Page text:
I believe that when you teach or express yourself in the first person, it can always be interpreted this way no matter how much you try to avoid it.
Especially if you have some age (and hopefully some wisdom) behind you.
This criticism is totally valid.
I can say till I’m blue in the face “I am a lifelong learner” but when you are in teaching mode, crossing the line in anyone’s eyes from serving them to lecturing them will be viewed as being pedantic or dogmatic…and there is no way to avoid it.
And once you cross that line you are no longer serving your audience; rather, you turn them off completely.
The fact that Tim ended his review with the following softened the blow that was never really a blow:
“You may pick up a flake or two of gold from this book, but I didn’t find anything new or revolutionary that would propel my own business forward.”
Most books I read are written by flakes…with no gold.
At least I’m a grandpa and not a flake…and I delivered a gold nugget or two.
Thank you, Tim, (although I doubt you are reading this). 🙂
- “Full of cliché” (from Mark)
“Very tiring to read. I found it a real struggle to keep on reading because there’s no point on a lot of things—just general mantras such as work harder than everyone else etc…”
While I learned throughout my career that clichés (and different takes on clichés) work in direct response, Mark saw through that which is fine with me.
It’s proof that not every reader responds the same way…like we didn’t know that already.
Different strokes for different folks. Oops…cliché again.
When I go full out cliché in the book when I say things like: “Marketing isn’t everything, it’s the only thing” (working off “Winning isn’t everything, it’s the only thing”); “Outworking is generosity”; “Everything in business (and in life) is not a revenue event…but everything is a relationship event”…I thought I was being clever.
But not to everyone.
Thanks for the reality check, Mark.
- “Not a single original idea” (from Best Marketing)
I must admit that this one hurt…and written by someone named “Best Marketing” made it even worse.
However, I also wear it like a badge of honor…since I am all about attributing my success to my mentors.
“Best Marketing” wrote:
“Unfortunately, the book delivers nothing new. I’ve read the majority of the classics (and many not so classics) over my 20-year career. This book disappoints on so many fronts especially on teaching completely outdated methods and total lack of originality. I like Brian but this is by far one of the poorer books written by Marty’s sidekick. Save your time and money.”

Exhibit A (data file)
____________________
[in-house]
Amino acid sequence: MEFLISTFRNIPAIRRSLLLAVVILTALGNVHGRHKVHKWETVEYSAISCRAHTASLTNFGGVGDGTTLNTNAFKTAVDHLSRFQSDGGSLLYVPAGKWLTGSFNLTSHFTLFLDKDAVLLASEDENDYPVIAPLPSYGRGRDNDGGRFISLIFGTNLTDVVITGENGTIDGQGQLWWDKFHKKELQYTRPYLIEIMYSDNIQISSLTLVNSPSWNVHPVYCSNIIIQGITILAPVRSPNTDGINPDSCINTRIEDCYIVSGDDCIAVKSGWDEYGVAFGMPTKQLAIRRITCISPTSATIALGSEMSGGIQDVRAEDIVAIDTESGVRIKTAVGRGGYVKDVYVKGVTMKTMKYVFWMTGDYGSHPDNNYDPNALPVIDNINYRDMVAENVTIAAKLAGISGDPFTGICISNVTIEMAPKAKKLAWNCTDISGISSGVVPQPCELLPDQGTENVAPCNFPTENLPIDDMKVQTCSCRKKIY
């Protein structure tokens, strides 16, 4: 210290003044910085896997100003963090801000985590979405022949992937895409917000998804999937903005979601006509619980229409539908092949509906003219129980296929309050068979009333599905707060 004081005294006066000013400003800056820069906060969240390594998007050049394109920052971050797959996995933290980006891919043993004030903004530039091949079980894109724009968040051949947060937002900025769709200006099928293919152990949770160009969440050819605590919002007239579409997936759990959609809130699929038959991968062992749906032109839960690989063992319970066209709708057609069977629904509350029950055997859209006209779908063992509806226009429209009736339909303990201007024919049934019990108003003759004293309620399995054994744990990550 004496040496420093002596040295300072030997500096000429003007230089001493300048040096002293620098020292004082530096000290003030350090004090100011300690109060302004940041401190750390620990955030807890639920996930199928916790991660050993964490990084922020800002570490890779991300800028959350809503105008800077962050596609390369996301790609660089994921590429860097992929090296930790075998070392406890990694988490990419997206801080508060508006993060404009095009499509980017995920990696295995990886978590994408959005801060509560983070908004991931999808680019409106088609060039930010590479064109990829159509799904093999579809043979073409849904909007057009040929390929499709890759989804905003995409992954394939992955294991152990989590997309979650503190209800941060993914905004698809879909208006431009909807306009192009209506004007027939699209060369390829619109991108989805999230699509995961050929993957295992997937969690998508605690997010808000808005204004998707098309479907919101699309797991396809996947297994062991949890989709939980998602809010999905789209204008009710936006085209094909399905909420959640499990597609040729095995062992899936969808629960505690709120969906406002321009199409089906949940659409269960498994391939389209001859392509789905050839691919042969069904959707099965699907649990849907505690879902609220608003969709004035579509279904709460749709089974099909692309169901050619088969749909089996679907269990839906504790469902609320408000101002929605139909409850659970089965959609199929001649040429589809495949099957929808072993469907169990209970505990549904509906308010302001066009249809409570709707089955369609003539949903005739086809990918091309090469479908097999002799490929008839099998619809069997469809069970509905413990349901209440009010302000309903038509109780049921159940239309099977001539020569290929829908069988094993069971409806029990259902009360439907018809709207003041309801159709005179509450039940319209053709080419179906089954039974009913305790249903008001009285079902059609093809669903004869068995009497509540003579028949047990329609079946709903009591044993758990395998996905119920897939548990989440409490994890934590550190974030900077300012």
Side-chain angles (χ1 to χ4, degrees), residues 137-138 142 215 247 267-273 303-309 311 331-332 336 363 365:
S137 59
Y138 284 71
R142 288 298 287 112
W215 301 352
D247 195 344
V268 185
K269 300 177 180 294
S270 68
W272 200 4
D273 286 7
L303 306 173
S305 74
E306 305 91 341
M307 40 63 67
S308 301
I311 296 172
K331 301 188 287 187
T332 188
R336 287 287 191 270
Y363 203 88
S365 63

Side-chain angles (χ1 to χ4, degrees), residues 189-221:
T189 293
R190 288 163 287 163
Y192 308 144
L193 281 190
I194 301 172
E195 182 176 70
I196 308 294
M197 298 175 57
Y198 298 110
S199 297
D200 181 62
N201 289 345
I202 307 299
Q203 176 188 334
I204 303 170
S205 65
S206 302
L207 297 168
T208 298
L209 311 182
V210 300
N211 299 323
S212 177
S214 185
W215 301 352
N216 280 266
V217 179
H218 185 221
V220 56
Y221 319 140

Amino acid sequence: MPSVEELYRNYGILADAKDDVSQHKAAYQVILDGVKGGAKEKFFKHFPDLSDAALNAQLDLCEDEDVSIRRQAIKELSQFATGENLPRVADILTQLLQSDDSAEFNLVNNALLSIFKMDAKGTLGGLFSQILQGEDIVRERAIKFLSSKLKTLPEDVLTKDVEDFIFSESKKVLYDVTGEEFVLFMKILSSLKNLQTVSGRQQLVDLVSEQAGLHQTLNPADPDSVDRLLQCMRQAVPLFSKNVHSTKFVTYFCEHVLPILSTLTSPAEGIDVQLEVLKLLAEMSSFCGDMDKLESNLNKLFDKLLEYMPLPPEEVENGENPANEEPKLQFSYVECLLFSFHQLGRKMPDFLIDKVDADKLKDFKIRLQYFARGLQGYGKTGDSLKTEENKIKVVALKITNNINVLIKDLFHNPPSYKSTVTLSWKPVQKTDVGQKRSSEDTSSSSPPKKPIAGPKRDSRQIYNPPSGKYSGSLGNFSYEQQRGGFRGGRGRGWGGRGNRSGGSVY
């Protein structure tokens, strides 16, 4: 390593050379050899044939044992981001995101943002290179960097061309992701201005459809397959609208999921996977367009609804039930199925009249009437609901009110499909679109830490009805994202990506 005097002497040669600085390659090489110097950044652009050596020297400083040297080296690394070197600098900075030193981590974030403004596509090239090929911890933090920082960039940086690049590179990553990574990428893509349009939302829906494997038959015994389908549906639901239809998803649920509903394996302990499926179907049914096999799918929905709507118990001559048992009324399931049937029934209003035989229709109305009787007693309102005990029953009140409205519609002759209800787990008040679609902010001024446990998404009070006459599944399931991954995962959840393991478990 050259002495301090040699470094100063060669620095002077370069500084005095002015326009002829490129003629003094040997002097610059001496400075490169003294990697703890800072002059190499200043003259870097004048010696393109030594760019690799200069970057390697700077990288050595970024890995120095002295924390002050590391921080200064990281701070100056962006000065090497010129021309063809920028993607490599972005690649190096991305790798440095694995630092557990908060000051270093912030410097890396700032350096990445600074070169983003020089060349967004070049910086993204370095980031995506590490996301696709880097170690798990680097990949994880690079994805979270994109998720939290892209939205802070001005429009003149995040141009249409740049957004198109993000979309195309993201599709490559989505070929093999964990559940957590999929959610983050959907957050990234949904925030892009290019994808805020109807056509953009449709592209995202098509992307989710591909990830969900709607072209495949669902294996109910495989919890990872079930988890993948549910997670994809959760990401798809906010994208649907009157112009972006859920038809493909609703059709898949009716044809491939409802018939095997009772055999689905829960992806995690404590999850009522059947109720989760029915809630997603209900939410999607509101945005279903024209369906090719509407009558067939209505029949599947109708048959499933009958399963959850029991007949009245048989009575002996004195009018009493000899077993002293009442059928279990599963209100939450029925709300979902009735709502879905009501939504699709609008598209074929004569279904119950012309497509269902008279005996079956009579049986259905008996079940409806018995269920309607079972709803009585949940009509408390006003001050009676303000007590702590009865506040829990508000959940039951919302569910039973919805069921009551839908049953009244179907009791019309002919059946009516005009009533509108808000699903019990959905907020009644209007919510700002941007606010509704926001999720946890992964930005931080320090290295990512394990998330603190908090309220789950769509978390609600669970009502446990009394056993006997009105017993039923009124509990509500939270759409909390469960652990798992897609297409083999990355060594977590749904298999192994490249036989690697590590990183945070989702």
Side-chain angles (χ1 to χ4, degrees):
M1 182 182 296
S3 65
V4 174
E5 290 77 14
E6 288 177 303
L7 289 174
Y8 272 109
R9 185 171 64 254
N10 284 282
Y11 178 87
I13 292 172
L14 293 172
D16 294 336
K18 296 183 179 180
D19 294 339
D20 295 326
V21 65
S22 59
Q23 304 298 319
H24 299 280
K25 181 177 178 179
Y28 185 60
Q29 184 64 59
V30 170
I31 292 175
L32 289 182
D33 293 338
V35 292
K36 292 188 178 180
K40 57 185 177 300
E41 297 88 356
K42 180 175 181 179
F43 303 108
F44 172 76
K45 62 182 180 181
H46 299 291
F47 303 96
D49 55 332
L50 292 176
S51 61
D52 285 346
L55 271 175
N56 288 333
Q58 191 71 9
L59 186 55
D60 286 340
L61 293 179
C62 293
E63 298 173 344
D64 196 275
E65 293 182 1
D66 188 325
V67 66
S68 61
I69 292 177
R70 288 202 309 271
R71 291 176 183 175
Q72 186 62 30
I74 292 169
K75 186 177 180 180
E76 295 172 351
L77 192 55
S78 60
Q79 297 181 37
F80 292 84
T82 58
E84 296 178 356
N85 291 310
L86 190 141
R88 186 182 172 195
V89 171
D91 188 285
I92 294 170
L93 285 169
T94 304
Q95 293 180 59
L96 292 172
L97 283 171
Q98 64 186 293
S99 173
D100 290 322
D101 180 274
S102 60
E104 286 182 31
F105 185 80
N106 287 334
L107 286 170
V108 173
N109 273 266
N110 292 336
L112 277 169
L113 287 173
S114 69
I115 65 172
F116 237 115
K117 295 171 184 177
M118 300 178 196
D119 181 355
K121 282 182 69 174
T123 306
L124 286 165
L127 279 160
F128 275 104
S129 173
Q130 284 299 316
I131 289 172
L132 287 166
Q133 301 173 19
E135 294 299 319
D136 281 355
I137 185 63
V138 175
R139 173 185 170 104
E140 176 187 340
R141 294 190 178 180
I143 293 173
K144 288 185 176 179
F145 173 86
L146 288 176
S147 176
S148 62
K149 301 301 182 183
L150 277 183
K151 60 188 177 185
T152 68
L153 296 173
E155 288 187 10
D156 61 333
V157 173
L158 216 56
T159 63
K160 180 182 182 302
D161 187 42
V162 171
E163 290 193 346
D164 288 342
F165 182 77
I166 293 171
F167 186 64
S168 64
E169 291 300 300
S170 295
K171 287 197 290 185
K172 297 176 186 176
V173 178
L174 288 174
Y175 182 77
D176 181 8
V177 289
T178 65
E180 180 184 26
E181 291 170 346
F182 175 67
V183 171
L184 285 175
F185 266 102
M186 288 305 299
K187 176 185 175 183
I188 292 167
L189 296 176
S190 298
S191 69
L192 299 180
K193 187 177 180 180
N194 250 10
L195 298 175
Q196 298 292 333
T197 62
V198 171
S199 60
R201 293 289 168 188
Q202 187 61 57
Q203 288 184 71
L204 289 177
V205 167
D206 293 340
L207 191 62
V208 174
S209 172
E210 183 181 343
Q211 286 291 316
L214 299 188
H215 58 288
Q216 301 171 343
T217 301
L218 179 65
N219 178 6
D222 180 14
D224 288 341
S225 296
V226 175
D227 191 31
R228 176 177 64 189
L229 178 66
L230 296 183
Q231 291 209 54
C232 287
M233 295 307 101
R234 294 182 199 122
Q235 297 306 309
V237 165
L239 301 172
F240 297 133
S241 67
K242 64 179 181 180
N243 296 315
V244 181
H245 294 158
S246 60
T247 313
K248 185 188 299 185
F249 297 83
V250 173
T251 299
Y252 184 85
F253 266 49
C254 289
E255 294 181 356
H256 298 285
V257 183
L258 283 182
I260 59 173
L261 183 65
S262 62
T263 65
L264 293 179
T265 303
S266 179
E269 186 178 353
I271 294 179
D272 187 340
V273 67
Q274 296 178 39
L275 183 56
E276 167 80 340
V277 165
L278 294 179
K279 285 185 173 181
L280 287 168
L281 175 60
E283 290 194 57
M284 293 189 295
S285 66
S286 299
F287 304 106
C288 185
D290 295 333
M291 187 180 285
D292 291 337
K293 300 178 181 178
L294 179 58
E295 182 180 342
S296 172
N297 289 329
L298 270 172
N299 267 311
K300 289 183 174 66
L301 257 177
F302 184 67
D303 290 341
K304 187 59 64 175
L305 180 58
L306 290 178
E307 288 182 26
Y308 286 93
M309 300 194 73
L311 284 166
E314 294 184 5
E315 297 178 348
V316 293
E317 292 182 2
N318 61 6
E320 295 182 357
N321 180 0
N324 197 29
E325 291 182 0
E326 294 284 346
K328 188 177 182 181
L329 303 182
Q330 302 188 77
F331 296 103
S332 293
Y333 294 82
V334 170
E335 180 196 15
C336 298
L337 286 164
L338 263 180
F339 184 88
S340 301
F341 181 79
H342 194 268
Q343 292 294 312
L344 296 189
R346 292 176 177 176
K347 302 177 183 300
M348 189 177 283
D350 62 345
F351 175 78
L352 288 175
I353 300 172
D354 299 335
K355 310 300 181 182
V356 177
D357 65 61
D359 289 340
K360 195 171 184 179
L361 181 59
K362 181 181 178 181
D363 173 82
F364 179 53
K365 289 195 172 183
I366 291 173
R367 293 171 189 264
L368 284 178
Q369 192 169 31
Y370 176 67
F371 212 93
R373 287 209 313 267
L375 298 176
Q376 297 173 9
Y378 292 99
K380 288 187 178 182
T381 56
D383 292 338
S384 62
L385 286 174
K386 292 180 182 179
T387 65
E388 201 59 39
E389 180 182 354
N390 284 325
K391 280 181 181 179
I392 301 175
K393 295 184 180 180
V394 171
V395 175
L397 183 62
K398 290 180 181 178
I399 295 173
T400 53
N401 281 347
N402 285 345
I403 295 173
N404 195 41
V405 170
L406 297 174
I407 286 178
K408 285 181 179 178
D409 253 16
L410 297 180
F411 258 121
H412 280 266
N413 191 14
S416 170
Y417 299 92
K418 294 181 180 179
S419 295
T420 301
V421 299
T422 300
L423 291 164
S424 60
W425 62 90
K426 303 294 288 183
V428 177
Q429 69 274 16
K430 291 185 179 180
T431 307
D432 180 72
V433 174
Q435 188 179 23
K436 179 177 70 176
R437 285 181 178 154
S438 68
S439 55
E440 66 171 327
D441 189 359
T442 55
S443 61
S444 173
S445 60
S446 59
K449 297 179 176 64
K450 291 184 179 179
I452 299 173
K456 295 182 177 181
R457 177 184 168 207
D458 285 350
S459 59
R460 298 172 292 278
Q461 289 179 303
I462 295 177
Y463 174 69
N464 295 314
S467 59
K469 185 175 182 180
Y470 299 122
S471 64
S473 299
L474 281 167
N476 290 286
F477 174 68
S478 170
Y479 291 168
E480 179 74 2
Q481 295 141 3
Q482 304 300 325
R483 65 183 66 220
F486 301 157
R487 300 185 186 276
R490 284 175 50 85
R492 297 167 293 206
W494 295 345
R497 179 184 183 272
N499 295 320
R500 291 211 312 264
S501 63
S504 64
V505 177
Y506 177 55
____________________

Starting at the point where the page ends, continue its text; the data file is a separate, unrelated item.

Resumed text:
This one stung further because this writer says he “likes me” (weird way of showing it) …and he also has had a 20-year career which establishes him as a worthy critic…and he knows something about my history.
But it reinforces something I say often:
“I never invented anything. I just connected the dots from what I’ve learned, invented by others.”
Don’t we all do that?
Fact: Invention is overrated.
I’ve also always “followed the anecdotal evidence”—another cliché! –and innovated from there.
Example: Creating a line of books for Boardroom using a series of borrowed ideas (but ideas never put in the same system before)—that is, buying trade books, running them through an editorial, copywriting and research gauntlet–with a bestselling direct mail book coming out the other end.
After feeling initially stung by this review, I embraced it.
The part about “outdated methods” and “lack of originality” I took as compliments.
It reinforced a lot of what my career has been about.
I was more than OK with “BM” saying there was nothing “new” in Overdeliver which on some level is true.
It’s a lot of tried-and-true ideas seen through the lens of my career with specific examples, experiences and dispatches from the marketing battlefield.
And some entertaining stories mixed in…well, more entertaining to me than
Nothing new for one reader might inspire a lightbulb moment for another.
- “Recycled information” (from Didi)
“Didn’t really care for it. The author seems to be an egomaniac AND too worried about saying something that may offend someone. Kind of a weird juxtaposition.”
I LOVED this review too!
That this reviewer was able to tag me as someone at both ends of the spectrum–arrogance on one end to nice guy on the other–was perfect.
I am so careful to check my ego at the door (before I write something, speak, attend a mastermind etc.). Not enough for Didi, however. But at least I didn’t offend Didi. 🙂
Deep dark secret: We all have healthy egos.